Study Examines Skills and Education Necessary for 21st Century Workforce

US unemployment hovers at nine per cent and while 14 million Americans remain unemployed, the US Department of Labor reported there are currently three million available jobs. Against this backdrop, the US Chamber of Commerce and University of Phoenix announced a new report, Life in the 21st Century Workforce: A National Perspective, that paints a picture of the employment landscape and the key dynamics both workers and employers need to consider as they seek to promote excellence in the workplace.

Fifty-three per cent of employers say their companies face a significant challenge in recruiting non-managerial employees with the skills, training, and education their company needs. The results summarised in Life in the 21st Century Workforce: A National Perspective indicate agreement across both employers and employees that education – including continuing education and advanced degrees – is critical to ensuring workers have the skills necessary to advance in their professions. They also agree that interpersonal skills, collaboration, critical thinking, and problem-solving are important to providing the most benefit to employers and the workforce alike.

"There is considerable discussion focused on the skills employees need to succeed in the workplace," said Margaret Spellings, senior advisor to the US Chamber of Commerce and former US Secretary of Education. "However, it’s imperative we understand the issue from the inside-out in order to improve the way we prepare our future workforce."

In today’s workplace, the labour force considers past work experience (50 per cent) to be the most important factor when companies are making hiring decisions, outdistancing people management and communication skills (27 per cent). However, when it comes to being promoted, workers are far more likely to consider people management and communication skills (46 per cent) as more important than past work experience (38 per cent).

"Our nation is facing a critical disconnect between the skills our workforce brings to the job, and what businesses need," said Greg Cappelli, co-CEO of Apollo Group, parent company of University of Phoenix. "Despite the country’s current unemployment levels, there are literally millions of jobs available for people with the right skills and the right education. We must look to the future and focus on providing students with a relevant education – one that prepares them with the expertise they need for successful careers in the workforce of tomorrow."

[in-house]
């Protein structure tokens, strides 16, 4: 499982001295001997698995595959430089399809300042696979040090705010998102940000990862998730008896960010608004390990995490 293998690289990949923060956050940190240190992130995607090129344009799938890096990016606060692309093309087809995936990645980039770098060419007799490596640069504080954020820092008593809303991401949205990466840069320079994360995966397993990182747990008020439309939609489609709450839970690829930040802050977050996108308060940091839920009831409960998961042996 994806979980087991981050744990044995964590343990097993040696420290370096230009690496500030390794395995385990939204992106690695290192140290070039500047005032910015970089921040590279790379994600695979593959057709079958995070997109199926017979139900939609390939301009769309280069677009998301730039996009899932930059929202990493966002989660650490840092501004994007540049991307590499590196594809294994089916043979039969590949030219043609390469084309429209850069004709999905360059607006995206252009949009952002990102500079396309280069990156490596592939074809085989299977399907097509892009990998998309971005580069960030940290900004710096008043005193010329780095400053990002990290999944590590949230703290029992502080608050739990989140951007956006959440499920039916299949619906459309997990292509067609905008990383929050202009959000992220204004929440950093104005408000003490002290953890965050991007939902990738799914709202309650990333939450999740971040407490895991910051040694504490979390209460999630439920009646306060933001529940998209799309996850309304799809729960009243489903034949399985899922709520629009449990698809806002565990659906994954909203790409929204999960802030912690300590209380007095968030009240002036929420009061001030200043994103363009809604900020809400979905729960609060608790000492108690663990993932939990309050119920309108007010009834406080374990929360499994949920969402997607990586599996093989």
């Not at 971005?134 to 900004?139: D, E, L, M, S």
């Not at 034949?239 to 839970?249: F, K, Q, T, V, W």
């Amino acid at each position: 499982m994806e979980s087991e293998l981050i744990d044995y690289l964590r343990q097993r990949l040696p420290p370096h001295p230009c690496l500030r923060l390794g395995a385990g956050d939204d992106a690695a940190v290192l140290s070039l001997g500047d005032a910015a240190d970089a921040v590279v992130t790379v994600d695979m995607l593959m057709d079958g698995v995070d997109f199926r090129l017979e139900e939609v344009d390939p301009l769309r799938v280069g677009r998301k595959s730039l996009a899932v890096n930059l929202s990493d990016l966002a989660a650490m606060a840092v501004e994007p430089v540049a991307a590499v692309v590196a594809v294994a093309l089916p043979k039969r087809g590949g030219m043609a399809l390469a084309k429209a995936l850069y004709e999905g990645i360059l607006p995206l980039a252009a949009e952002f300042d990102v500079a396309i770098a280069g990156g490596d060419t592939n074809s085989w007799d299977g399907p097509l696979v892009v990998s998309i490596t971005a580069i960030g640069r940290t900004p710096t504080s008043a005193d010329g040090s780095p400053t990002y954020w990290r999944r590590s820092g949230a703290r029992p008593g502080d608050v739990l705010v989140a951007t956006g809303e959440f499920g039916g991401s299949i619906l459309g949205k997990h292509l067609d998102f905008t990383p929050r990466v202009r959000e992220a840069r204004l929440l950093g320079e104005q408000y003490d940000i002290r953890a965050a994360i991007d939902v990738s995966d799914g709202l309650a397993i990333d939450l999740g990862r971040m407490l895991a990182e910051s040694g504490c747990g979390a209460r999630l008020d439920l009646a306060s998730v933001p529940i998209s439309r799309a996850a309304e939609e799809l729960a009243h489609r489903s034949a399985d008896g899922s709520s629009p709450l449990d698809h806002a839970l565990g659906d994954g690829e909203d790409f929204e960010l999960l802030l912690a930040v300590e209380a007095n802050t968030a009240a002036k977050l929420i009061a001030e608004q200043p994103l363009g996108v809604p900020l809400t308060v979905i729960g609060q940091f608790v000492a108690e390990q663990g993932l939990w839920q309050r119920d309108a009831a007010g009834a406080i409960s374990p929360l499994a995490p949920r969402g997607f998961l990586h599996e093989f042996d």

Among the key findings of study:

Heading Back to School
Eight-in-ten employers (80 per cent) believe that education is critical to ensuring that workers have the competencies necessary to advance, and 72 per cent of the labor pool agree.
US workers believe that going back to school will have a direct impact on their career: the most common reasons for going back to school are to advance their career (89 per cent), increase their salary (89 per cent) or gain training for a specific job (88 per cent).

Moreover, employers believe that increasing the number of workers who complete post-secondary education programs and receive a degree or credential will contribute to the success of their company.

Landing a Job vs. Getting promoted
In today’s workplace, the labor force considers past work experience (50 per cent) to be the most important factor when companies are making hiring decisions, outdistancing people management and communication skills (27 per cent).

However, when it comes to being promoted, workers are more likely to consider people management and communication skills (46 per cent) as more important than past work experience (38 per cent).

And employees (77 per cent) see continuing education as vitally important for success in their careers.

Walking the Talk
Forty-six per cent of workforce respondents say their company pays all (17 per cent) or some portion (29 per cent) of tuition. Meanwhile, 50 per cent of employers say they have a tuition assistance programme.

In addition, 57 per cent of employers interviewed offer flexible schedules to accommodate post-secondary education and training.

Choosing a Programme for Success
Business leaders place a premium on post-secondary education programmes preparing individuals for success in the workplace (56 per cent), providing individuals with core academic knowledge and intellectual skills (51 per cent) and providing individuals with the workforce skills and knowledge for success in a specific career (50 per cent).

Conversely, employees place more weight on program elements that affect their day-to-day life; a flexible schedule is the most important attribute for workers (21 per cent), while 16 per cent say both cost of tuition and practical learning experiences are the most important.

The Uphill Battle
The US Bureau of Labor Statistics is reporting that 14 million Americans remain unemployed. It is against this backdrop that just 19 per cent of Americans believe things in the US are headed in the right direction, while 73 per cent say things are going in the wrong direction.

CPI FINANCIAL

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